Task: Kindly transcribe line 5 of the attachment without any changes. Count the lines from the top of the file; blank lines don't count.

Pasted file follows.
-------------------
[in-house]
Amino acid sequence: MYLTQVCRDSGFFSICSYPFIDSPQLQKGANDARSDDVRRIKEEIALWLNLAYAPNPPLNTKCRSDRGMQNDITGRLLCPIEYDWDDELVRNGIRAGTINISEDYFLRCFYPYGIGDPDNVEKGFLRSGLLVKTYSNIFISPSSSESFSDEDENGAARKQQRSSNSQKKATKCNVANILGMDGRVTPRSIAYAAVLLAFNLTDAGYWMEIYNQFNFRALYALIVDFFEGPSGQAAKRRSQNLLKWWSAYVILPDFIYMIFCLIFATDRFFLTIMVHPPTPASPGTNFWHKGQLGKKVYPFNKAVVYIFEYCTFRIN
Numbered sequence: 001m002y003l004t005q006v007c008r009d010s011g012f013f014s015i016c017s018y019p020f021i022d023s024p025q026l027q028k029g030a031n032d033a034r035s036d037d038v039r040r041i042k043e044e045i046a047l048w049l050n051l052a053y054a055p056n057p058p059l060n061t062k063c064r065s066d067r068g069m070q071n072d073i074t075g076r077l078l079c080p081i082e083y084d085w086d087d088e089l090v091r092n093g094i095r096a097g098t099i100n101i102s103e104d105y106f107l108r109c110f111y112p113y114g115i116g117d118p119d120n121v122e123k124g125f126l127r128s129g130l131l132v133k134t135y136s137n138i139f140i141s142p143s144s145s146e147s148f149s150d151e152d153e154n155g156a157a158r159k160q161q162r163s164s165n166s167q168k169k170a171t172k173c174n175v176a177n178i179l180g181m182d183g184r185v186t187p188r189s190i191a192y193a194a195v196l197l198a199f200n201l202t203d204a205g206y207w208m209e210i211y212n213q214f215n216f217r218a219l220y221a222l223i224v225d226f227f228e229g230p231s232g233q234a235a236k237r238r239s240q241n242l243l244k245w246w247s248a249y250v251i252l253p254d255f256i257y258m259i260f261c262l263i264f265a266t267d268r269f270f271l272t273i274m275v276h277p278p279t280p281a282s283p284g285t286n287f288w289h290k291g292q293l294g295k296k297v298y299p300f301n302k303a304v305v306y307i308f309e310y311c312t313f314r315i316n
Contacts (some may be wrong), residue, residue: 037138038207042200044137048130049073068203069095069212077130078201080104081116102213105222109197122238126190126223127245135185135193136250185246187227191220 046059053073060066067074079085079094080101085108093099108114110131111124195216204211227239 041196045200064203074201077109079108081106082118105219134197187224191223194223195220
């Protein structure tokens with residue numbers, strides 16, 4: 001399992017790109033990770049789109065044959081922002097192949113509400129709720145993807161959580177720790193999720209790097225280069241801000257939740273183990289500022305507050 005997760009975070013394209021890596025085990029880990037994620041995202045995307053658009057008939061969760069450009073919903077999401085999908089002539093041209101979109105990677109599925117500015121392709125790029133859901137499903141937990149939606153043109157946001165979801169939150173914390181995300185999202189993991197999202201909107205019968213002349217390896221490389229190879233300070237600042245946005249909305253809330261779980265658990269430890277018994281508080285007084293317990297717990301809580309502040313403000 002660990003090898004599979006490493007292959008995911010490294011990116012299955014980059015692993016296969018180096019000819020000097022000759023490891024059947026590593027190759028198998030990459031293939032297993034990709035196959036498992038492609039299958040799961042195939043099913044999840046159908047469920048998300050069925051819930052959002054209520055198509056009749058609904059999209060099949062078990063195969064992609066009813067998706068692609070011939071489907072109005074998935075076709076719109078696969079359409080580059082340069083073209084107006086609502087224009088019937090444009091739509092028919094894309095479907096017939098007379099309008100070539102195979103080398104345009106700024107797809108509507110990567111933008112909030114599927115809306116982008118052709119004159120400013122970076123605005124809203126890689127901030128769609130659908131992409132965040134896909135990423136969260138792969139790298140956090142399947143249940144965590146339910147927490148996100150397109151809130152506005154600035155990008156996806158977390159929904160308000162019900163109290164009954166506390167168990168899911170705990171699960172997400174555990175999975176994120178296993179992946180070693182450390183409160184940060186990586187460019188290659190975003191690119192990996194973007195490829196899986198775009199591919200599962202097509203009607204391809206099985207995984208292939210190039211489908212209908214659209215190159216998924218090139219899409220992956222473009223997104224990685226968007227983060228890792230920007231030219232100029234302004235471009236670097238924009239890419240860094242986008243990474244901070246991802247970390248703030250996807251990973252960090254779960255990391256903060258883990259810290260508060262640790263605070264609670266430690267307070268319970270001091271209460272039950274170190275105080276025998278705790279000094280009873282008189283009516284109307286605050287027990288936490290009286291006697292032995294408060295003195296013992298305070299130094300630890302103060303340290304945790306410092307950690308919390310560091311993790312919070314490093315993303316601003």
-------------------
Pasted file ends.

């Protein structure tokens with residue numbers, strides 16, 4: 001399992017790109033990770049789109065044959081922002097192949113509400129709720145993807161959580177720790193999720209790097225280069241801000257939740273183990289500022305507050 005997760009975070013394209021890596025085990029880990037994620041995202045995307053658009057008939061969760069450009073919903077999401085999908089002539093041209101979109105990677109599925117500015121392709125790029133859901137499903141937990149939606153043109157946001165979801169939150173914390181995300185999202189993991197999202201909107205019968213002349217390896221490389229190879233300070237600042245946005249909305253809330261779980265658990269430890277018994281508080285007084293317990297717990301809580309502040313403000 002660990003090898004599979006490493007292959008995911010490294011990116012299955014980059015692993016296969018180096019000819020000097022000759023490891024059947026590593027190759028198998030990459031293939032297993034990709035196959036498992038492609039299958040799961042195939043099913044999840046159908047469920048998300050069925051819930052959002054209520055198509056009749058609904059999209060099949062078990063195969064992609066009813067998706068692609070011939071489907072109005074998935075076709076719109078696969079359409080580059082340069083073209084107006086609502087224009088019937090444009091739509092028919094894309095479907096017939098007379099309008100070539102195979103080398104345009106700024107797809108509507110990567111933008112909030114599927115809306116982008118052709119004159120400013122970076123605005124809203126890689127901030128769609130659908131992409132965040134896909135990423136969260138792969139790298140956090142399947143249940144965590146339910147927490148996100150397109151809130152506005154600035155990008156996806158977390159929904160308000162019900163109290164009954166506390167168990168899911170705990171699960172997400174555990175999975176994120178296993179992946180070693182450390183409160184940060186990586187460019188290659190975003191690119192990996194973007195490829196899986198775009199591919200599962202097509203009607204391809206099985207995984208292939210190039211489908212209908214659209215190159216998924218090139219899409220992956222473009223997104224990685226968007227983060228890792230920007231030219232100029234302004235471009236670097238924009239890419240860094242986008243990474244901070246991802247970390248703030250996807251990973252960090254779960255990391256903060258883990259810290260508060262640790263605070264609670266430690267307070268319970270001091271209460272039950274170190275105080276025998278705790279000094280009873282008189283009516284109307286605050287027990288936490290009286291006697292032995294408060295003195296013992298305070299130094300630890302103060303340290304945790306410092307950690308919390310560091311993790312919070314490093315993303316601003």